"One day she came an hour or two before the time agreed upon and explained with a lovely blush that she had got tired of waiting and would I play over the old carols in my collection to her until the Joseph and the shepherds came, as she would like so much to hear them. So I lit the candles and began to play, and she sat down near me in an armchair and hummed the tunes as I played them—with her eyes, I think, on my face. After a while she took a plate of apples from the table on to her lap and began to peel them and whenever I stopped playing she slipped a slice of the cold fruit into my mouth. So it went on for two hours, I should say, and then I had played all the carols and the apples too were finished. But now the hour struck and in came Joseph with the shepherds from the field, and the kings of the East."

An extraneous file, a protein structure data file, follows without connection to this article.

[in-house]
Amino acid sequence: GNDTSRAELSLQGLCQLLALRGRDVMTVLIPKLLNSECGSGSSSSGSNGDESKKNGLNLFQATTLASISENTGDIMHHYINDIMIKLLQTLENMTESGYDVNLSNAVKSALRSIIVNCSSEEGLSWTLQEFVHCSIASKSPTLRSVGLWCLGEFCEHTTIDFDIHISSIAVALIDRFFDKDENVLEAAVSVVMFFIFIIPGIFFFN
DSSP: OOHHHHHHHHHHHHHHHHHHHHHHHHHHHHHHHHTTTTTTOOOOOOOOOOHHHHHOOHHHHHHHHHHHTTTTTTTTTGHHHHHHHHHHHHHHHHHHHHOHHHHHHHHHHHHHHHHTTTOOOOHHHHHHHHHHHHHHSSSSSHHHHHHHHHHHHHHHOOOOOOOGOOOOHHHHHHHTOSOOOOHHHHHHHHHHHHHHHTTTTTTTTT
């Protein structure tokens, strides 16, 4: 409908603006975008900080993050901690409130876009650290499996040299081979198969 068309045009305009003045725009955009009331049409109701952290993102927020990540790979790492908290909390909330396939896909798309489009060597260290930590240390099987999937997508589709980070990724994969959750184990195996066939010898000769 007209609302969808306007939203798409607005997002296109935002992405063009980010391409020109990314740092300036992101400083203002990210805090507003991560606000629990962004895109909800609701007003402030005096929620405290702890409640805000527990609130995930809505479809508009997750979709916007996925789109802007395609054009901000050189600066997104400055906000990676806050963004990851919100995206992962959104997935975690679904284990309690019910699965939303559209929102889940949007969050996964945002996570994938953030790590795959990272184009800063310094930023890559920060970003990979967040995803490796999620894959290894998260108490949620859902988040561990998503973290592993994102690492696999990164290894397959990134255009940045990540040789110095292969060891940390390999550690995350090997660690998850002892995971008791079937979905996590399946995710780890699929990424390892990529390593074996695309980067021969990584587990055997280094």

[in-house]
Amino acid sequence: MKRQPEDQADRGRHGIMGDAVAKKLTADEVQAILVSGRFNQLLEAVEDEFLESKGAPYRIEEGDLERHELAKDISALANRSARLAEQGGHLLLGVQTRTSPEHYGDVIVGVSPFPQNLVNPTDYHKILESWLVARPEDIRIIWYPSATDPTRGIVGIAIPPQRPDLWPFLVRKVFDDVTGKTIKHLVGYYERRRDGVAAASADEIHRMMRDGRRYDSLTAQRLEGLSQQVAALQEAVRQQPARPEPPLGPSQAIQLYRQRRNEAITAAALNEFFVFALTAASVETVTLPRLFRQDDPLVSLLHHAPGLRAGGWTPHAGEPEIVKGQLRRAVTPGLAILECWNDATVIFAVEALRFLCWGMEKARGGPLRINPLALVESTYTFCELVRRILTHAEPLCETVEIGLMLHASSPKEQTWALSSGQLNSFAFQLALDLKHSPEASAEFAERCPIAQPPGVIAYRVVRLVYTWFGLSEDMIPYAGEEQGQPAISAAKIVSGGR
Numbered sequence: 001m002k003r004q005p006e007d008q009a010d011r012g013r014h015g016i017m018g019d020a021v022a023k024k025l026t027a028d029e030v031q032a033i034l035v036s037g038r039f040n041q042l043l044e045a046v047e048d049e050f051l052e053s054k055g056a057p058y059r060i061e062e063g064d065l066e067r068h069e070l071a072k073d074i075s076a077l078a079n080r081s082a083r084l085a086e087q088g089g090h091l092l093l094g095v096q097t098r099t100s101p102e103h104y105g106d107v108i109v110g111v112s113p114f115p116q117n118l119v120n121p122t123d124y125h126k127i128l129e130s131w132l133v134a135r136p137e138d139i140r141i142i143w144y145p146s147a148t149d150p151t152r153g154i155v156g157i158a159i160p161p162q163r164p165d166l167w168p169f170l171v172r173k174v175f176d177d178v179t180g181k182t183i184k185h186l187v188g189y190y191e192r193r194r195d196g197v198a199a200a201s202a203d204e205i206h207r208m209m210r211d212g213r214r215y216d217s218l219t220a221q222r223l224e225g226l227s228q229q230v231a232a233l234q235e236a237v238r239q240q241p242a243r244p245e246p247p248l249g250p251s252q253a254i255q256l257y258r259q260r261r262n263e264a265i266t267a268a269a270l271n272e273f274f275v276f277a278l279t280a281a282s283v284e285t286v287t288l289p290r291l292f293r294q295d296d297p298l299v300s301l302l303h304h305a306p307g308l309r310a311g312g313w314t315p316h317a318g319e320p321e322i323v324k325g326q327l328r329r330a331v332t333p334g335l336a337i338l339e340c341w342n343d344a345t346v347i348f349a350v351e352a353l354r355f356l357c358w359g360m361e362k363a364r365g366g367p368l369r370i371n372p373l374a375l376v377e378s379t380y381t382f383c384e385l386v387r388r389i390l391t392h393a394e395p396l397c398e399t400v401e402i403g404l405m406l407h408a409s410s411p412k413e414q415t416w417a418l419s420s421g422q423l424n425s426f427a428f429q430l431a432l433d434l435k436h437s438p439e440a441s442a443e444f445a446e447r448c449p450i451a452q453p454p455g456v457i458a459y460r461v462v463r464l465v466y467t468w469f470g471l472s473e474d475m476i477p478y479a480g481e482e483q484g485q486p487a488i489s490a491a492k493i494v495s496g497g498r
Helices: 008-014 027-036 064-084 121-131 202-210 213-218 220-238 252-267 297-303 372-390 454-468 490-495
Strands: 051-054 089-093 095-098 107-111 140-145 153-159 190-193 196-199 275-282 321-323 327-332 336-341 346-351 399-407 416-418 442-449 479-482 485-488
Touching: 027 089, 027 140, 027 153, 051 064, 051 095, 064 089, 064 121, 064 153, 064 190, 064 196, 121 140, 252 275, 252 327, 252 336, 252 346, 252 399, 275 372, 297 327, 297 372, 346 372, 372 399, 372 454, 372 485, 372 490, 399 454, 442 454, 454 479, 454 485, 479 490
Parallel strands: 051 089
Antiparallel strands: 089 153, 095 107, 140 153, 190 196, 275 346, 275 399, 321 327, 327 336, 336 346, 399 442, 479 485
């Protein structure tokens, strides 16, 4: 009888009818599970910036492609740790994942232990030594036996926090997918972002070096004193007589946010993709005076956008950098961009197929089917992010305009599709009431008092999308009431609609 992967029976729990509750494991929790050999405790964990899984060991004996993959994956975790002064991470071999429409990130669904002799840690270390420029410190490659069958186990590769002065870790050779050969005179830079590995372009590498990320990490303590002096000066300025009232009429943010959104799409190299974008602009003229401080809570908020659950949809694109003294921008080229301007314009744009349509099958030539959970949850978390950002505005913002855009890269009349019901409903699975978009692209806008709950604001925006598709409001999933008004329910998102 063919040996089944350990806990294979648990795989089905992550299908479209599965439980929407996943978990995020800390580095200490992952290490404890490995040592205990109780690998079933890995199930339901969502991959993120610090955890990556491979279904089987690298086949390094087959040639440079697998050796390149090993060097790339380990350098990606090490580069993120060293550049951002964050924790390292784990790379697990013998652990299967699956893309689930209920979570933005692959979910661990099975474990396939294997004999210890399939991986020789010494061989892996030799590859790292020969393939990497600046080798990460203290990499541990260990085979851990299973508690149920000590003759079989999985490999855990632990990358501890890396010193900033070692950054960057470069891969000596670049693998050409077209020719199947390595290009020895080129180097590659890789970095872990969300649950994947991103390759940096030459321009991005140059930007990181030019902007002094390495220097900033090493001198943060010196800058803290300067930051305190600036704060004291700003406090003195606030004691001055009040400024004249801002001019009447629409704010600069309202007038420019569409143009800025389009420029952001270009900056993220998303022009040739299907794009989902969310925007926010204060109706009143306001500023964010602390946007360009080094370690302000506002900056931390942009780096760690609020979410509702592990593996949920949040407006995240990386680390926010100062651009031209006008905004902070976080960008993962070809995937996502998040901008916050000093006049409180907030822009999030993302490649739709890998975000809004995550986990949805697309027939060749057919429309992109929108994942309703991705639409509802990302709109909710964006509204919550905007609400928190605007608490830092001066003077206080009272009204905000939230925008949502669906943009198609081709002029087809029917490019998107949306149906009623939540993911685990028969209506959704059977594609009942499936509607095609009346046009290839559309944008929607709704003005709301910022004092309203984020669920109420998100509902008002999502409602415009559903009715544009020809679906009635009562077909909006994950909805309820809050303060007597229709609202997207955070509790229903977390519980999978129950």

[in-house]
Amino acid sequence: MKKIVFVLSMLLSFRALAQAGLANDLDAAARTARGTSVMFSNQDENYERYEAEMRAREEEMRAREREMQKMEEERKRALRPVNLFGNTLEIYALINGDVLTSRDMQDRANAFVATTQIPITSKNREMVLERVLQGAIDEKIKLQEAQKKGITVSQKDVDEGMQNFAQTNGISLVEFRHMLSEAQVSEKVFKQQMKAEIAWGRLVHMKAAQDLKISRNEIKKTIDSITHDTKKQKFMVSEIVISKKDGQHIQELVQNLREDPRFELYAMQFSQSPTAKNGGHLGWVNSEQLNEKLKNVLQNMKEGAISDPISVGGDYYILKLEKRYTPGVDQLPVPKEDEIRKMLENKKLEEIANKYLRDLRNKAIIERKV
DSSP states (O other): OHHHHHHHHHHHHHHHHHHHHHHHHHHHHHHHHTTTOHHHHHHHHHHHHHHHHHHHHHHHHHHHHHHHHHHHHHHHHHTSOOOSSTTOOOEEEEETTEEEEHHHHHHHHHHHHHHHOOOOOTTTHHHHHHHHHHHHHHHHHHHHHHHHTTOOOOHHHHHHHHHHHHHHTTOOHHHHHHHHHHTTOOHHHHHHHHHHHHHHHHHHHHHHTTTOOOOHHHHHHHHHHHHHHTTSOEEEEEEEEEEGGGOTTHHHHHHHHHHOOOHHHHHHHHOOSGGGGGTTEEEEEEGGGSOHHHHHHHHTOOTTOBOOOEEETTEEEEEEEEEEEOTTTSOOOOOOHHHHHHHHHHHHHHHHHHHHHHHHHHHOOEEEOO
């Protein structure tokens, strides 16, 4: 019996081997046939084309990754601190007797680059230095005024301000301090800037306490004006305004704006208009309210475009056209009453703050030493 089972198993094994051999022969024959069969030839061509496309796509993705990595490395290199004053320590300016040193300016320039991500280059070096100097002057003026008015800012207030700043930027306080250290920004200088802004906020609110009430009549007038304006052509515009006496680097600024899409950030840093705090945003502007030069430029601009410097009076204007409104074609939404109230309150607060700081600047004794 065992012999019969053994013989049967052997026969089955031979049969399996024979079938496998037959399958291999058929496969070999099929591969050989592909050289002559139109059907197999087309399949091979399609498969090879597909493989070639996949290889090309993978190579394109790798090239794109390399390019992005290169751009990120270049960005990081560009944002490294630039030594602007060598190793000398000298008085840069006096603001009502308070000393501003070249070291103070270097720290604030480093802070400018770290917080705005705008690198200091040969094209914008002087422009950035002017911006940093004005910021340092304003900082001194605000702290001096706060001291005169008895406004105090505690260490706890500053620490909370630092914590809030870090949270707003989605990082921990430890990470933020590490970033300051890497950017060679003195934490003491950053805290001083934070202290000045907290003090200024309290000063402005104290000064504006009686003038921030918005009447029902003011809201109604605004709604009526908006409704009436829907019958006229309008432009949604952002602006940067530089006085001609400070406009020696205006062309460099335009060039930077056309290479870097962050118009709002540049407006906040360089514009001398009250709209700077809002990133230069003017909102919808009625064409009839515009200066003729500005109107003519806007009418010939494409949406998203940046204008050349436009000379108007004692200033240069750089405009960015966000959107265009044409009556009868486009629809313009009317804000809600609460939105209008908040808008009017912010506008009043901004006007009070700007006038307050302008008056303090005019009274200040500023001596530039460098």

"And?" I asked, when Hubertus was silent.

"Nothing," he replied. "The Advent story is ended. Joseph sat down beside Mary on my army trunk which had to represent a stone on the road to Bethlehem and later a manger in the stable, and the recitative began. I may add that I took it all in perfect earnest and that it did not strike me at all as it would to-day. For in those days it was the truth for me and the living present. To-day it would be theatricals and I should probably think of weeping. It would be as if an old man looked back on his youth, and really, Doctor, he would have to be very hale and hearty not to burst into tears."

I heard Hubertus turn over on his side; probably he then fell asleep.